zation of stimulus parameters such as electrode pairing,
stimulus timing, and stimulus level between ears might
further extend binaural improvements for patients [92–
Sensitivity to meaningful binaural cues has been
demonstrated for an individual with bilateral implants of
differing types [99]. This finding is encouraging since a
substantial number of patients will likely have different
implant types in each ear, depending on the time of
implantation of the first ear and the length of time that
has occurred between sequential devices. Additional
reports exist of patients using very different implant
types in the two ears, particularly patients who were
implanted with early technology [101–102]. For example,




FIRSZT et al. Restoring hearing symmetry
two patients received a MED-EL CIS-Link processor and
internal Ineraid device in one ear and, subsequently, a
Clarion HiFocus implant in the other ear [103]. One
patient had significantly improved bilateral scores for
CNC words and HINT sentences in quiet at 70 dB SPL.
The other patient had mixed results; some tests showed
no bilateral benefit (CNC words), some a small benefit
(vowel identification), and others a significant increase
(HINT sentences in noise at a +5 SNR). In Tyler et al.
[102], three of seven sequentially implanted subjects had
different devices in each ear but still showed bilateral
benefit. Although different processing strategies and
devices between ears may introduce variability, similar
variability can exist between ears when two identical
devices are worn.
The effects of converting bilateral implant recipients to
a strategy with increased rate and number of channels was
investigated in seven adults who received simultaneous
bilateral Advanced Bionics CII HiFocus CIs [104]. Recip-
ients had used an eight-channel continuous interleaved
sampling (CIS) strategy with 813 pps for more than
18 months. Following an ABABAB design, patients alter-
nated high resolution (HiRes) paired stimulation (16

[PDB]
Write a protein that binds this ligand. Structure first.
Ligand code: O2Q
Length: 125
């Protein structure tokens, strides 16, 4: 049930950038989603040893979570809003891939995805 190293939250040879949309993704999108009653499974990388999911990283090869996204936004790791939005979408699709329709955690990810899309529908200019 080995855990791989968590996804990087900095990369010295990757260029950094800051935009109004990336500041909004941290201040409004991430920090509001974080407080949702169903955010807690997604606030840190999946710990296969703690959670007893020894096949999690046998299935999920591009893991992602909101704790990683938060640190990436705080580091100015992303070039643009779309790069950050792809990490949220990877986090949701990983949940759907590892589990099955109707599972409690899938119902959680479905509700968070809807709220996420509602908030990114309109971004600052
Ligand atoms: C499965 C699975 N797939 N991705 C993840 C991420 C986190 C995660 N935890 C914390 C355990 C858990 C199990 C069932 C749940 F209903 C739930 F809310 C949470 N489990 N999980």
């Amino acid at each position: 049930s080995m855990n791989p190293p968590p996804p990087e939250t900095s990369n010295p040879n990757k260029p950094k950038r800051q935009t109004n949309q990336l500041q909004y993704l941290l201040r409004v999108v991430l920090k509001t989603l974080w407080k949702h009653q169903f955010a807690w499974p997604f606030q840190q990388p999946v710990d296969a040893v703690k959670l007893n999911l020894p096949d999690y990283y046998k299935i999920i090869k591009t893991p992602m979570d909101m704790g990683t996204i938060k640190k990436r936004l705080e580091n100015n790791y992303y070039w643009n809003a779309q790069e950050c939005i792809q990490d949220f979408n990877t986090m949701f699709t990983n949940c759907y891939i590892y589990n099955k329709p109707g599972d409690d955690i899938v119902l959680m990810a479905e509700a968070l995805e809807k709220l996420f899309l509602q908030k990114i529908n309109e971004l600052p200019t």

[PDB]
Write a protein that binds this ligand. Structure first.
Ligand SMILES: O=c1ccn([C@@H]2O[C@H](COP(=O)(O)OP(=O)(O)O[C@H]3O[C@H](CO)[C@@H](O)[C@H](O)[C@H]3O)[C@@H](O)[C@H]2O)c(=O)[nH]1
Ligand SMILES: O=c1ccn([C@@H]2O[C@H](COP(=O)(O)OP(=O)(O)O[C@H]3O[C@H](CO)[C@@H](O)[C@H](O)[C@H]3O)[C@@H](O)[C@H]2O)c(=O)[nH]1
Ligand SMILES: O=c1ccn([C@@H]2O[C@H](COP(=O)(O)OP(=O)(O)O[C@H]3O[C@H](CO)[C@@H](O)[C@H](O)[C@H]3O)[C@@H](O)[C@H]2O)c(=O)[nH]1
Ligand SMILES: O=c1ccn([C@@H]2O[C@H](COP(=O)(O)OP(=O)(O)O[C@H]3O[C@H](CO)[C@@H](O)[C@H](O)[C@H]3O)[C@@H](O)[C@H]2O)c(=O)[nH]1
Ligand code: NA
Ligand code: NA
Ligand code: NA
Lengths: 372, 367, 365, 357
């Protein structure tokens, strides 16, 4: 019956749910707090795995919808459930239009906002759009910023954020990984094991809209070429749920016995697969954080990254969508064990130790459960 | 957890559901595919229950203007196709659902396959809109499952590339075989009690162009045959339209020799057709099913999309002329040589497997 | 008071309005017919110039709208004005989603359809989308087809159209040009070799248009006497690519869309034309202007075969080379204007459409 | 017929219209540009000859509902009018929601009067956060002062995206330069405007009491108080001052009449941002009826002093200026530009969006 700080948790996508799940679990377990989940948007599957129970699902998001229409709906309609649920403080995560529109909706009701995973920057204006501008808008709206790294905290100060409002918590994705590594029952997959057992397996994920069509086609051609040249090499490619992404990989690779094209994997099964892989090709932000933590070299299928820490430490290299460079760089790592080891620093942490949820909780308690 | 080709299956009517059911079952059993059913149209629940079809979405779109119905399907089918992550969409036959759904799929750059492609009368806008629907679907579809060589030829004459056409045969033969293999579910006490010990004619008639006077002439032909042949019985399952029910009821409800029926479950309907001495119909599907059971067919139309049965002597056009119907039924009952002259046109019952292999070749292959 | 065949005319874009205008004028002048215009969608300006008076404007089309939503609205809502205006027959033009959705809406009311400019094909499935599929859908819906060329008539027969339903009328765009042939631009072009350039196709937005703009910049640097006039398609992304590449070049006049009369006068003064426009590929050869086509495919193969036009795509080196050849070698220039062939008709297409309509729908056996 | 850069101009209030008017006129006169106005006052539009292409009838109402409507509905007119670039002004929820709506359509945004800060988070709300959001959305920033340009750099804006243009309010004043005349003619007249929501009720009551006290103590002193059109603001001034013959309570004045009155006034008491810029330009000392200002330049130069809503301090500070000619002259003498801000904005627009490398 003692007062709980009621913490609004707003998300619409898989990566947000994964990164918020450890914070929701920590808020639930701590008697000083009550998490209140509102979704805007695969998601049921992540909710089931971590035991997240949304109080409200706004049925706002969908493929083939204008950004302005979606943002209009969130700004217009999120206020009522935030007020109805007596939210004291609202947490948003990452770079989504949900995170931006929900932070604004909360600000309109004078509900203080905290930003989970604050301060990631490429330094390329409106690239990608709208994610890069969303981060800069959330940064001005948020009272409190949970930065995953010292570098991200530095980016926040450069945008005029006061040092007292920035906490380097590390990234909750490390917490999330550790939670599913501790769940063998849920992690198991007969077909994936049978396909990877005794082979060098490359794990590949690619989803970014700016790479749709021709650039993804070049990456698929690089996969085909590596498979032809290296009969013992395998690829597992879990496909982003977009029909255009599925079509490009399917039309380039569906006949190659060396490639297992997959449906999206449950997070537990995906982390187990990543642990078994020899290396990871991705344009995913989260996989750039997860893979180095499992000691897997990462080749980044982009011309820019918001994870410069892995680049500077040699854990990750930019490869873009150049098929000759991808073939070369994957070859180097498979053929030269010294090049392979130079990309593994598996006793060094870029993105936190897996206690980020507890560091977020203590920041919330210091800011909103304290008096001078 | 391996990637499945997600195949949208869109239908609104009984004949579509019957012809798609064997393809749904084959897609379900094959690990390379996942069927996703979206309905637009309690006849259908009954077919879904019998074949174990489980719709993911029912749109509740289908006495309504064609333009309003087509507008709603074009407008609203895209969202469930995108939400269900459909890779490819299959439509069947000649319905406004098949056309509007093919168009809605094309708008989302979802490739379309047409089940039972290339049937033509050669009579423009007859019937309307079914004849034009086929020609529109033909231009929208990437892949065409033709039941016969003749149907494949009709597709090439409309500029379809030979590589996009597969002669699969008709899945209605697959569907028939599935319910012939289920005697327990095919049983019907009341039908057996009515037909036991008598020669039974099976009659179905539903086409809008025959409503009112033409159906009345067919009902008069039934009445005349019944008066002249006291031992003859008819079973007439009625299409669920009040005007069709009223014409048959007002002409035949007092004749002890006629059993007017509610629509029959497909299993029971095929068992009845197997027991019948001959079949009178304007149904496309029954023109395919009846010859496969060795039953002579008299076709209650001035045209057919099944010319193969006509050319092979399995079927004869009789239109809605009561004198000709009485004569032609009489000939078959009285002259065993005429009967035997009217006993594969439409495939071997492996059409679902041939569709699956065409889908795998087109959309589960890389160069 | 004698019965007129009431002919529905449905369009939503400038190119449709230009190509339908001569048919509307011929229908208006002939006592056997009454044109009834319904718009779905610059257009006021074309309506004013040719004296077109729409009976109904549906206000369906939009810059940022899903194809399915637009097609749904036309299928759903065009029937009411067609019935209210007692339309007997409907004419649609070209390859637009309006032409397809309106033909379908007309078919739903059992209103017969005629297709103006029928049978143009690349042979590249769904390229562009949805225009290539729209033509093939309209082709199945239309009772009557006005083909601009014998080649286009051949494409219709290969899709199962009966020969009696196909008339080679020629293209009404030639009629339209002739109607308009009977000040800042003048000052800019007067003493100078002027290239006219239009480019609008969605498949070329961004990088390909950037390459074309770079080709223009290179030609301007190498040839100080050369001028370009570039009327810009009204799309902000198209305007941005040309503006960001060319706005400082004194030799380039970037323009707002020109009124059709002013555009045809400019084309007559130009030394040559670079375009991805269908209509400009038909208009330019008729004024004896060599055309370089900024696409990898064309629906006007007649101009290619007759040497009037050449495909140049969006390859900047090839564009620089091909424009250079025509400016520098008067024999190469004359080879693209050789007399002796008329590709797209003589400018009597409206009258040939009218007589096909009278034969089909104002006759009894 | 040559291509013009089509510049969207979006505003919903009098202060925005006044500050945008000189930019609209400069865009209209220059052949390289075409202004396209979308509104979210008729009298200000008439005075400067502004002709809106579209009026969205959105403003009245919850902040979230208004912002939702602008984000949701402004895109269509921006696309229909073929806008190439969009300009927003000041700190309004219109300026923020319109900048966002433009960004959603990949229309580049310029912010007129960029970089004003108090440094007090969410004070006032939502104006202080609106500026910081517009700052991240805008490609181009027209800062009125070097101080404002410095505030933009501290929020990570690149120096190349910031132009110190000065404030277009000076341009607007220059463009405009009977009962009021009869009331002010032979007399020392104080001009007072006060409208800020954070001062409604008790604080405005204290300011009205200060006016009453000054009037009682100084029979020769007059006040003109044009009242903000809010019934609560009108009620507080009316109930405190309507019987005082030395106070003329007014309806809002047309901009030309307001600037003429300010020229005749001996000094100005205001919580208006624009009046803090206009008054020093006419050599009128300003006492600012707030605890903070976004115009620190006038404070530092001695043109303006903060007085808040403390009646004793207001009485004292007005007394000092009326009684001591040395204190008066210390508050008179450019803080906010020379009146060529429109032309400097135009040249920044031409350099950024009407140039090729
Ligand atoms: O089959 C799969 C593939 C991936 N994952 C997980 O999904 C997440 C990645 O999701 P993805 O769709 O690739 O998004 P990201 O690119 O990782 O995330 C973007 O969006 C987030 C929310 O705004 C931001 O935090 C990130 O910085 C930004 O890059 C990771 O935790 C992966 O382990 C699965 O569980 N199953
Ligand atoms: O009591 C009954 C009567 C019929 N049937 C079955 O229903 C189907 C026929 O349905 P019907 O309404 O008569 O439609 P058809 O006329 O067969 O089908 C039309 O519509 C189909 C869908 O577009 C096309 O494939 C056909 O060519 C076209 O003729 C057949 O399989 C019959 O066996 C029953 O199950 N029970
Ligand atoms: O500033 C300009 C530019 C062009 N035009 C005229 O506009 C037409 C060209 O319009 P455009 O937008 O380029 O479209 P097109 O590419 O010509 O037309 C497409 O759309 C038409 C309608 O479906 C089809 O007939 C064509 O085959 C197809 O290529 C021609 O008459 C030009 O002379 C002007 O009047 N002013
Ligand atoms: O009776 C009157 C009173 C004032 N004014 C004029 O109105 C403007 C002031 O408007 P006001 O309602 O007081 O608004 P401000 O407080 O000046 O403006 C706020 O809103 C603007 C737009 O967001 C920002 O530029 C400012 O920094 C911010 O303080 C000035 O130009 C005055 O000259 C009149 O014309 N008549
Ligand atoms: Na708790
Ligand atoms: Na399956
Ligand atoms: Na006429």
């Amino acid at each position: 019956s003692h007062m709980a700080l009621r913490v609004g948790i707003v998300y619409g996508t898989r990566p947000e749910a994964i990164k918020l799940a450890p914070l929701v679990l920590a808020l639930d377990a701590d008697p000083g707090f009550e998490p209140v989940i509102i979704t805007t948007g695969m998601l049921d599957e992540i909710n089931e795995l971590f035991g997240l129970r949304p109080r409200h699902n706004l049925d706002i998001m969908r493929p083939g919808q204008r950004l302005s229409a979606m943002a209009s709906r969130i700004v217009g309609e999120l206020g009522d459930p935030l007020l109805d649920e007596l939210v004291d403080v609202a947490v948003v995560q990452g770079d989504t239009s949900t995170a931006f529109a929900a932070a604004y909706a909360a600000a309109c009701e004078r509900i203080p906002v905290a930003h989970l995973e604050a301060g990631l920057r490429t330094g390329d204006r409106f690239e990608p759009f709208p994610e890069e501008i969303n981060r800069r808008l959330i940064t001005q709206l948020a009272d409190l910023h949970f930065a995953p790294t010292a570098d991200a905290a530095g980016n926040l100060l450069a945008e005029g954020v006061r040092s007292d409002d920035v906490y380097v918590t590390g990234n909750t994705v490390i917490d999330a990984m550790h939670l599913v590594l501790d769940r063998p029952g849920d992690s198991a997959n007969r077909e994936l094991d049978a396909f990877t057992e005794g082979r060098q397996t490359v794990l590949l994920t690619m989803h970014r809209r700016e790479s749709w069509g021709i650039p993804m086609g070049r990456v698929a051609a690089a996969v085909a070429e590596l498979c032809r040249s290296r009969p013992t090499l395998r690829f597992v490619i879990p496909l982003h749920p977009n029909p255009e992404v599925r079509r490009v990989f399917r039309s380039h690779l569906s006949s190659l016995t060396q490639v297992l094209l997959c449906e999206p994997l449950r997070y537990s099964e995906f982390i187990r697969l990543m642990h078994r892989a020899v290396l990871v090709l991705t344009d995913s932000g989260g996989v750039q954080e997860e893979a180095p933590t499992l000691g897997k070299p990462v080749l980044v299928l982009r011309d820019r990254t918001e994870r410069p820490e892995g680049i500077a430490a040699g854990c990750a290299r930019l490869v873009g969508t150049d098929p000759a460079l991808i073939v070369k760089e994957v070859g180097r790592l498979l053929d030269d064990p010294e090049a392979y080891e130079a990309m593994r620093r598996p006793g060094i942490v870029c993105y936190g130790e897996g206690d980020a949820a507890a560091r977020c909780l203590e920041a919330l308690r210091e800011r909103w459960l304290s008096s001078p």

channels, 5,156 pps) with HiRes sequential stimulation
(16 channels, 2,900 pps) for 1 month. Bilateral speech
recognition scores were evaluated with CUNY sentences
in multitalker speech babble noise at individually deter-
mined SNRs, speech and noise both from the front. HiRes
scores improved by 30 to 60 percentage points in 1 month
for six of seven subjects compared with CIS scores. Four
of five subjects maintained improvements after 6 months
of use. Unclear is whether improvements were associated
with an increase in channel number, an increase in rate of
stimulation, or both.
In conclusion, binaural advantages are observed in
adult bilateral CI recipients, the greatest effects being the
head shadow effect and improvements in localization,
followed by loudness summation; the least benefit is the
squelch effect. These improvements occur despite rela-
tively poor temporal processing, as noted in ITD studies.
The benefits of bilateral implants and the desire to wear
two devices are reported by patients both anecdotally and
in some questionnaire data [72,81,105]. For example,
patients report decreased effort in communicating
throughout the day and less time spent strategizing about
where to place themselves in order to hear.
Bilateral hearing loss causes changes to the central
auditory system and processes needed for binaural inte-
gration are disrupted. When individuals with hearing loss
have asymmetrical input, binaural processing is more dis-
rupted than when the input is symmetrical. Asymmetrical
hearing can result from asymmetry in unaided thresholds
and can also be created by either unilateral amplification
or unilateral cochlear implantation in patients with bilat-
eral hearing loss. Results from bilateral CI recipients, tra-
ditional bimodal recipients, and nontraditional bimodal
recipients indicate substantial bilateral benefits that
include improvements in speech recognition in noise,
localization, and functional everyday communication.
Bilateral stimulation of the auditory system and, to the
extent possible, symmetrical hearing via two CIs or one
CI combined with an HA are highly encouraged for all
We wish to acknowledge Laura Holden, Dawn Koch,
Lisa Potts, and Rosalie Uchanski, as well as two anony-
mous reviewers, for helpful comments on an earlier version
of the article.
This material was based on work supported in part by
the National Institute on Deafness and Communication Sci-
ences, National Institutes of Health (grants R01DC00581
and K23DC00514).
The authors have declared that no competing interests
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Submitted for publication August 10, 2007. Accepted in
revised form May 27, 2008.